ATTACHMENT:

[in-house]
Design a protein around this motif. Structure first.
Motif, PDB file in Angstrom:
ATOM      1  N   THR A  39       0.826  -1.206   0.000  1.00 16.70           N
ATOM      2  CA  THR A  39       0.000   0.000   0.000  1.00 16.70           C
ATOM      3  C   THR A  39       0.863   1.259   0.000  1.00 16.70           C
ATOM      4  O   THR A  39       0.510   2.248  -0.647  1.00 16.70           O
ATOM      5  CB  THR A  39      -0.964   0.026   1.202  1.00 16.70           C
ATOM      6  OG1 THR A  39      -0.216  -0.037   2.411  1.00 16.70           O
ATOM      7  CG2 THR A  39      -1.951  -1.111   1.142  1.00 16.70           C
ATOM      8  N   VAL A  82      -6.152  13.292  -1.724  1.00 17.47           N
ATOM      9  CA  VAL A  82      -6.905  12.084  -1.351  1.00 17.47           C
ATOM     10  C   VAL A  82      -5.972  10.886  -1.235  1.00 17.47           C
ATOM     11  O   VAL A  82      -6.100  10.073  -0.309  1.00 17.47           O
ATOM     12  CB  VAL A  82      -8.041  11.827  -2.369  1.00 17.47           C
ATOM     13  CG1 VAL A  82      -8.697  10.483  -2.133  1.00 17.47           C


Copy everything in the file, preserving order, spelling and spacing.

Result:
[in-house]
Design a protein around this motif. Structure first.
Motif, PDB file in Angstrom:
ATOM      1  N   THR A  39       0.826  -1.206   0.000  1.00 16.70           N
ATOM      2  CA  THR A  39       0.000   0.000   0.000  1.00 16.70           C
ATOM      3  C   THR A  39       0.863   1.259   0.000  1.00 16.70           C
ATOM      4  O   THR A  39       0.510   2.248  -0.647  1.00 16.70           O
ATOM      5  CB  THR A  39      -0.964   0.026   1.202  1.00 16.70           C
ATOM      6  OG1 THR A  39      -0.216  -0.037   2.411  1.00 16.70           O
ATOM      7  CG2 THR A  39      -1.951  -1.111   1.142  1.00 16.70           C
ATOM      8  N   VAL A  82      -6.152  13.292  -1.724  1.00 17.47           N
ATOM      9  CA  VAL A  82      -6.905  12.084  -1.351  1.00 17.47           C
ATOM     10  C   VAL A  82      -5.972  10.886  -1.235  1.00 17.47           C
ATOM     11  O   VAL A  82      -6.100  10.073  -0.309  1.00 17.47           O
ATOM     12  CB  VAL A  82      -8.041  11.827  -2.369  1.00 17.47           C
ATOM     13  CG1 VAL A  82      -8.697  10.483  -2.133  1.00 17.47           C